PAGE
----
From the relatively small selection of abiotic mixtures presented here, a substantially diverse range of morphologies was observed some of which are reminiscent of suggested microfossils from Earth’s early rock record (Fig. 6). Vesicle experiments were not directed in any way towards the replication of these or any microfossil morphologies. Yet, many microfossil morphologies reported in the Archean and Paleoproterozoic rock record appear to have comparable shapes and sizes. Clusters of carbonaceous spheroids and filaments, interpreted as ancient cell colonies, have been reported in e.g. 3.4–3.2 Ga cherts of the Barberton Greenstone Belt (BGB), South Africa59,60,61,62, 3.5–3.0 Ga cherts of the Pilbara Granitoid-Greenstone Belt, Western Australia63,64,65,66,67,68,69,70, and the 1.9 Ga Gunflint Formation, Canada63,71,72. Some examples of morphological comparison between microfossils and experimentally-produced vesicles are shown in Fig. 6.

Fig. 6: Comparison between alleged microfossils and vesicle aggregates.
figure 6

Panels a-c are published micrographs of controversial microfossils reproduced from (a) - Westall et al.59, (b) - Wacey et al.63, and (c) - Wacey et al.64. Panel d is a published micrograph of a biomorph from Cosmidis and Templeton (2016)77 formed from sulfur and yeast extract. Panels eh are confocal micrographs (ag) and a transmission electron micrograph (h) of vesicles that were produced during this study. All scale bars are 10 µm.

For instance, spheroidal or spherule-like microfossils in the ca. 3.3-3.4 Ga Kromberg Formation within the BGB (Fig. 6a)59, are similar in shape to many abiotic vesicle micrographs including the example presented in Fig. 4e which were formed from a mix of twelve fatty acids and 1-alkanols (C10 to C15) at alkaline pH (pH 9.1). Westall et al.59 present several examples of spherules ‘joined in pairs’, a feature which is also observed in vesicle solutions. They argue that their observed structures fulfil several biological criteria including size, morphology, cell division, colonial distribution, and cell wall texture. While we agree with this assessment, the vesicle experiments here also arguably meet these criteria. In another example, clusters of spheroidal microfossils, identified in the ca. 3.4 Ga Strelley Pool Formation, Western Australia, and interpreted as remnants of sulphur-metabolising cells34 (Fig. 6c), are similar in shape to the ca. 10 µm diameter circular vesicles formed in the laboratory from decanoic and geranic acid in the presence of CaCl2 (Fig. 6g).

These morphological similarities extend to filamentous shapes and even to mixtures of spheroids and filaments. For example, Wacey et al.63 reported a selection of spheroidal and filamentous microfossils (suggested Huroniospora and Siphonophycus/Gunflintia respectively) from a stromatolitic chert of the ca. 1.9 Ga Gunflint Formation, Canada (Fig. 6b). We also observed these co-occurring morphologies in solutions of decanoic acid and 1-decanol containing FeCl3 at pH 7.4 (Fig. 6g), although combined circular and filamentous vesicle morphologies are not restricted to Fe-containing solutions. Considering the younger age of these microfossils a biogenic origin is likely but without more advanced data on the formation and preservation of abiotic microstructures it remains uncertain.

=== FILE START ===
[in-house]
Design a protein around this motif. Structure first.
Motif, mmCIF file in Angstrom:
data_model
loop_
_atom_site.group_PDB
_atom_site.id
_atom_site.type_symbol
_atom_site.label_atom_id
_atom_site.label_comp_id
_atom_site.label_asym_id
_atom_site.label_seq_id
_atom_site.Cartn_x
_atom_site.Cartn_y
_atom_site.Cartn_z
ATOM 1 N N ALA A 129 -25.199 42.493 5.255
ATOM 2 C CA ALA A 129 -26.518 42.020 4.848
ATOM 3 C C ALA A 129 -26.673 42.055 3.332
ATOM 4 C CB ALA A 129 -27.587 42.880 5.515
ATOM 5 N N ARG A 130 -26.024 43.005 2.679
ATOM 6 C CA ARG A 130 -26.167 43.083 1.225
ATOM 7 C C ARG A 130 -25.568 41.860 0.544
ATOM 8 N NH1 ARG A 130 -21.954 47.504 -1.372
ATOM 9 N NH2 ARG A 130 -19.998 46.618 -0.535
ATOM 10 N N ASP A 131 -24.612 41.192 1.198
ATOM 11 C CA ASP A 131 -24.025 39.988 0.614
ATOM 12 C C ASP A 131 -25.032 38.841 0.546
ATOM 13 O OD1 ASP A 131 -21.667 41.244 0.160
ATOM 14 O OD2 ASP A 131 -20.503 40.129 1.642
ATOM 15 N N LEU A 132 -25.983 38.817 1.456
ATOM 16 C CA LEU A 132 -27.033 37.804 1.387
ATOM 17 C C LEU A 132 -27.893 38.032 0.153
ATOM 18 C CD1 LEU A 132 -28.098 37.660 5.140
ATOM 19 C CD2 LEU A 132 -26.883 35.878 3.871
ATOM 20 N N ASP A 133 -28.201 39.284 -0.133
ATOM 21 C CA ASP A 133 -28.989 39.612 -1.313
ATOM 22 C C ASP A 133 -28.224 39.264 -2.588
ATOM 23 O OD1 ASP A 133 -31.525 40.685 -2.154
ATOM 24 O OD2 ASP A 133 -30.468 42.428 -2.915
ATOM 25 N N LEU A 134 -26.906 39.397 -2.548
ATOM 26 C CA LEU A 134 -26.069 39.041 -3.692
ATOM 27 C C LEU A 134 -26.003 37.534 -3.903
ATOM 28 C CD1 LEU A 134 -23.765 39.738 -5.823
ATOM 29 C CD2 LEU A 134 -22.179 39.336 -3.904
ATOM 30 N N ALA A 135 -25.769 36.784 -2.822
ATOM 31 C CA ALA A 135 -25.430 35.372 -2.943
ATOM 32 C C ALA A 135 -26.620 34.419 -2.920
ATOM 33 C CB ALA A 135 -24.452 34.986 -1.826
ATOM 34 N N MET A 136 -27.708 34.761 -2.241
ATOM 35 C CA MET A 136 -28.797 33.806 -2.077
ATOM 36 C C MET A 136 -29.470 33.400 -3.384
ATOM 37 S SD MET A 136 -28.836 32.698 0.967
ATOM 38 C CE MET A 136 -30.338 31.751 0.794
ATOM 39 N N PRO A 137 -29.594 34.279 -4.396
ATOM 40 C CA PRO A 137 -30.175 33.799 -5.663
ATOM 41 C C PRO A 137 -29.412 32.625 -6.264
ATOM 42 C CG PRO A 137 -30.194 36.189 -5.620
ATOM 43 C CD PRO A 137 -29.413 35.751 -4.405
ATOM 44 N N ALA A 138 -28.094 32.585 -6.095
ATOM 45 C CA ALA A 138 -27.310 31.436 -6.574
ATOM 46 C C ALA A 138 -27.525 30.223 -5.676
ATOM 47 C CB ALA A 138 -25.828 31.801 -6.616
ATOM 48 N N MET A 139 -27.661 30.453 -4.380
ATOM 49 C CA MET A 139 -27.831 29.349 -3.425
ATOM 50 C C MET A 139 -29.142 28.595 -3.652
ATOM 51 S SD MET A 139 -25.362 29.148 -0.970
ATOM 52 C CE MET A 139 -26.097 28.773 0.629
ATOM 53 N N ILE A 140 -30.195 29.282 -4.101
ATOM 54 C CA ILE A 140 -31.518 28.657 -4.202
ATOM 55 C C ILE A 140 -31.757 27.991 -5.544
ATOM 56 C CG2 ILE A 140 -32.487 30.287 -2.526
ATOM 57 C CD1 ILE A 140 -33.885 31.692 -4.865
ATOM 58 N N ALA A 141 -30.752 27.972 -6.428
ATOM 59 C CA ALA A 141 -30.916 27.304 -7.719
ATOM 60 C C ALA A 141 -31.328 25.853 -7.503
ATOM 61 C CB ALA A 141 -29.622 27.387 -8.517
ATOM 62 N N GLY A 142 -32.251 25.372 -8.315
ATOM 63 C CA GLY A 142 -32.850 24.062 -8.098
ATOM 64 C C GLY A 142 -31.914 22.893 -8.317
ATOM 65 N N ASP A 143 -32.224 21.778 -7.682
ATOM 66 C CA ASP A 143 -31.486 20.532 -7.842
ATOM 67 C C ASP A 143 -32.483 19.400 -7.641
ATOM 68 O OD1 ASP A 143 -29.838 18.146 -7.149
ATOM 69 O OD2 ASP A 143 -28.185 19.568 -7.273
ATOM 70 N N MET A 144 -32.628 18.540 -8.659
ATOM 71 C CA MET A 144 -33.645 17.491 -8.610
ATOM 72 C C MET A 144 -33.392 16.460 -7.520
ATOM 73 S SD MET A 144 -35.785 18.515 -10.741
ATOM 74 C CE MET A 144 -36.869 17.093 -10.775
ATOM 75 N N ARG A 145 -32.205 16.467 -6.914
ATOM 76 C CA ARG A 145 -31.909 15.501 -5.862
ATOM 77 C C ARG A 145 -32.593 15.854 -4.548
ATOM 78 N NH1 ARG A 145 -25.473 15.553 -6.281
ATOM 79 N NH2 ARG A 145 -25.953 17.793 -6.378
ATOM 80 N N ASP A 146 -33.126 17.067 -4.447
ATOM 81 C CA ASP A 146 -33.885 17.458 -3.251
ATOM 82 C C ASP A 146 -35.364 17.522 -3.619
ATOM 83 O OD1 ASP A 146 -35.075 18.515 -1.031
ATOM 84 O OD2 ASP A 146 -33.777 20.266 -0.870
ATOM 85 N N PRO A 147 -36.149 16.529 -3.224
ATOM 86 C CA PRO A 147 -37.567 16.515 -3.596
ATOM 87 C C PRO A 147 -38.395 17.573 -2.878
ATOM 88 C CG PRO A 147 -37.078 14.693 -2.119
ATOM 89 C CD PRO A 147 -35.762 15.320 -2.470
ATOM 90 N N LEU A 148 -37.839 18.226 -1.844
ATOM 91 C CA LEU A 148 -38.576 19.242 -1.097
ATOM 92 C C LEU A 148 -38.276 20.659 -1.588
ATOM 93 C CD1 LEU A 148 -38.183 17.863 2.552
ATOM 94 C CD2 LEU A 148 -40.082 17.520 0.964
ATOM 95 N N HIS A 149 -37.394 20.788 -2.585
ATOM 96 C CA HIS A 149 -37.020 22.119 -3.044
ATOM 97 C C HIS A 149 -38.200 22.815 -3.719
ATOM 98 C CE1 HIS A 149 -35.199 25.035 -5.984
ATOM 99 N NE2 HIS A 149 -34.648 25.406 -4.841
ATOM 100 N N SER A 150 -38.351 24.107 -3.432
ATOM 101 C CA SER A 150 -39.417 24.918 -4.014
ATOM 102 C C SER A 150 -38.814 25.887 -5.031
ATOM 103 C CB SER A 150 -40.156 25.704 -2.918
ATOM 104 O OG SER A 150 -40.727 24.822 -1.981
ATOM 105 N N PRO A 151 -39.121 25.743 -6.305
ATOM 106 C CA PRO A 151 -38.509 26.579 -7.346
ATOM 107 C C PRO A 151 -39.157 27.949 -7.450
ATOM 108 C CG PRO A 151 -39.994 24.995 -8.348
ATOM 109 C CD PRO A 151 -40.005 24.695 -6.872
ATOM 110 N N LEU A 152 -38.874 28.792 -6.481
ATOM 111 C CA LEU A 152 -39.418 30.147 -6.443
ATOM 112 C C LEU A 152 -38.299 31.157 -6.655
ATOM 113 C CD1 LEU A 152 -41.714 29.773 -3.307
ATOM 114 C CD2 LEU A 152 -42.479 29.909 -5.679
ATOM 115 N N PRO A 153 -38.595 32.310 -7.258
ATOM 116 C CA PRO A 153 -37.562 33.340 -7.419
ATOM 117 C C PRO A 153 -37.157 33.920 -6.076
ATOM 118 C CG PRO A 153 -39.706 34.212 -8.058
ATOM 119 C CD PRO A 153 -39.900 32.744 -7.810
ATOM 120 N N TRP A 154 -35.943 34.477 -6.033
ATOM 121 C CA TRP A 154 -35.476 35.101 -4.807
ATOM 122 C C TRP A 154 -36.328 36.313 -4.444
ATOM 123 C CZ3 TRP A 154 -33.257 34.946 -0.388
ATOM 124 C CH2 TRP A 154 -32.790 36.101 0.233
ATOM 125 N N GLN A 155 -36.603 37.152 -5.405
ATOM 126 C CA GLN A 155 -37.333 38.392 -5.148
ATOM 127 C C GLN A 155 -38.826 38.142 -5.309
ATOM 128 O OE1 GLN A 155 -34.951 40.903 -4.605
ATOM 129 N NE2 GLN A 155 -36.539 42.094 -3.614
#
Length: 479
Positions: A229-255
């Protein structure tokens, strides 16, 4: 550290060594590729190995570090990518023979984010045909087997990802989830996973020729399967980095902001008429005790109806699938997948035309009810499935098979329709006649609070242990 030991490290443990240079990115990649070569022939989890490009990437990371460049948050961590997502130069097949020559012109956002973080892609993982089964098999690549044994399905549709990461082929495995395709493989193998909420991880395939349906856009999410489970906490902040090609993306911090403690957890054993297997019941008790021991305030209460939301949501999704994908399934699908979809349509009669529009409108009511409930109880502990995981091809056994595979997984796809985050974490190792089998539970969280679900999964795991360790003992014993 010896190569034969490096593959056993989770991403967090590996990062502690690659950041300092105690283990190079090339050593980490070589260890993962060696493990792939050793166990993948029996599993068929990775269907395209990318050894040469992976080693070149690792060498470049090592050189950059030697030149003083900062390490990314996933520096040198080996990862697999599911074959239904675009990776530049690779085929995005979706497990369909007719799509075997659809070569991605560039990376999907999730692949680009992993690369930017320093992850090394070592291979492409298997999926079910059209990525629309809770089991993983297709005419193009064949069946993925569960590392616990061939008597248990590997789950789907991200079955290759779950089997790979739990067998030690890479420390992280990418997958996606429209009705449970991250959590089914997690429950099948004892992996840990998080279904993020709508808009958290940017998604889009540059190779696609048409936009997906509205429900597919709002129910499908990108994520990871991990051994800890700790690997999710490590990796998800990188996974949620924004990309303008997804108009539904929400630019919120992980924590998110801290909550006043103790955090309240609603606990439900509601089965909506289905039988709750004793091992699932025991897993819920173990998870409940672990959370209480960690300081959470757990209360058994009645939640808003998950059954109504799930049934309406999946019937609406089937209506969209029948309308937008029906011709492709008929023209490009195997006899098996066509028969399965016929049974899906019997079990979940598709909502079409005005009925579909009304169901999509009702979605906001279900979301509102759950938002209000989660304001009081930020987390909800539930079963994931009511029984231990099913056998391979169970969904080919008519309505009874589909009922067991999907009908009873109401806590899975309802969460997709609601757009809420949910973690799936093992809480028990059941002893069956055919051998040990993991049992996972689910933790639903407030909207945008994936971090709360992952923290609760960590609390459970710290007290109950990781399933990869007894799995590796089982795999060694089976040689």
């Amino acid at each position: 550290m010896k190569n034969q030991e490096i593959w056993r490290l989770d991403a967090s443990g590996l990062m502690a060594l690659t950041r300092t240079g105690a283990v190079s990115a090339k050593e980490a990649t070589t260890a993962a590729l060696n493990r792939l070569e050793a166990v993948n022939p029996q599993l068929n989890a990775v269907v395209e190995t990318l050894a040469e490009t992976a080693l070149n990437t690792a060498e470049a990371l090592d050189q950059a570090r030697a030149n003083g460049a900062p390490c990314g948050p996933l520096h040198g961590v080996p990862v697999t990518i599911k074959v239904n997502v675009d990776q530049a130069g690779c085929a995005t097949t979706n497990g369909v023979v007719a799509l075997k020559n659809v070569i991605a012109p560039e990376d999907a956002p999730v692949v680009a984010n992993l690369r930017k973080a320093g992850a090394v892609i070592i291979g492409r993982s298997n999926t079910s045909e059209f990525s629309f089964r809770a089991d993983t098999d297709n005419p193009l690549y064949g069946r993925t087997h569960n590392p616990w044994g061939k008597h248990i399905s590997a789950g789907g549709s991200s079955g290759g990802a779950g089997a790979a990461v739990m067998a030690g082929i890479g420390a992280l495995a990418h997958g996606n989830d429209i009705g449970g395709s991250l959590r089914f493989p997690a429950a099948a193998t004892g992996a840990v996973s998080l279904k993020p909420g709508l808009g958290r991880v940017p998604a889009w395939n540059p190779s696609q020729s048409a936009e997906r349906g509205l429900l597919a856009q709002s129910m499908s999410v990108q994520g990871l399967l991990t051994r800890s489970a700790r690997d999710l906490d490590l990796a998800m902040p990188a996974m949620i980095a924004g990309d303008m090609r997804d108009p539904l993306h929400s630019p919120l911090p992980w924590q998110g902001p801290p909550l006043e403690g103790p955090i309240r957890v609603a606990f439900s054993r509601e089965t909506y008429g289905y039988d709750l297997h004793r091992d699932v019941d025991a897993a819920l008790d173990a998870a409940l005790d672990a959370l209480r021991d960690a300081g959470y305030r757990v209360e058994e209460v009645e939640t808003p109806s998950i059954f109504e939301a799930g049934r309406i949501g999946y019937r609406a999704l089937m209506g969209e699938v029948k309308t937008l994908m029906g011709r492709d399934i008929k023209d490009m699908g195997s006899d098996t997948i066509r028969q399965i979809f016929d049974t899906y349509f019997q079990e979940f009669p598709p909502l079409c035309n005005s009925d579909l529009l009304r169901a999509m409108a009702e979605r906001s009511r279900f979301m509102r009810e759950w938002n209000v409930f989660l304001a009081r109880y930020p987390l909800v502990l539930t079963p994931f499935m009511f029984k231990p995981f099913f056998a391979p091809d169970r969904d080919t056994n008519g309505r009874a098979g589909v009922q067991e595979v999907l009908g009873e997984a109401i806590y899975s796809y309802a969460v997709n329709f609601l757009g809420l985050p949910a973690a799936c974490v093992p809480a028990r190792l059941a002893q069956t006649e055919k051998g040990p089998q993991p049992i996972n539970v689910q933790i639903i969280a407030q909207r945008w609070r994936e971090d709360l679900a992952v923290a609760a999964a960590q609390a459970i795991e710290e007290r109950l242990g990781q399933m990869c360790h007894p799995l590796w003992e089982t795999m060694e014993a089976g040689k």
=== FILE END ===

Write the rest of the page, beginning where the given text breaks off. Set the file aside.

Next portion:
It should be noted that, although the vast majority of Archean and Paleoproterozoic microfossil morphologies are spheroidal or filamentous, other morphologies exist such as spindle-like and lenticular shapes67,73,74 and hollow tubular organic structures75, that do not appear to be mimicked in our current experiments. It may be possible that these morphologies result specifically from the larger molecules which make up prokaryotic cell walls (i.e., polysaccharides and proteins). Indeed, much of the biogenicity criteria employed for microfossil interpretation relates to interpreting cell wall morphology specifically. Further work is needed to elucidate this possibility. That lipid vesicles are chemically analogous to cell membranes rather than cell walls should not however affect their relevance to microfossil interpretation. In chemical terms, following billions of years of diagenesis, organic molecules will largely have been converted to graphite regardless of the complexity of their original form. Some of the biomorph morphologies presented here result from individual vesicles forming individual spherical shapes (e.g., Fig. 1a). Others, such as the filamentous structures, are formed from aggregates of individual vesicles (e.g., Fig. 3a). In addition, it has been shown previously that vesicles can bind to and coat mineral particles, likely due to surface charge interactions, creating an organic cast of the mineral shape53. Self-assembly of abiotic SCAs may yet yield these additional morphologies, particularly in conjunction with relevant inorganic species. Moreover, detailed physical and chemical analyses of organic biomorphs will allow us to better understand their relevance to microfossil interpretation.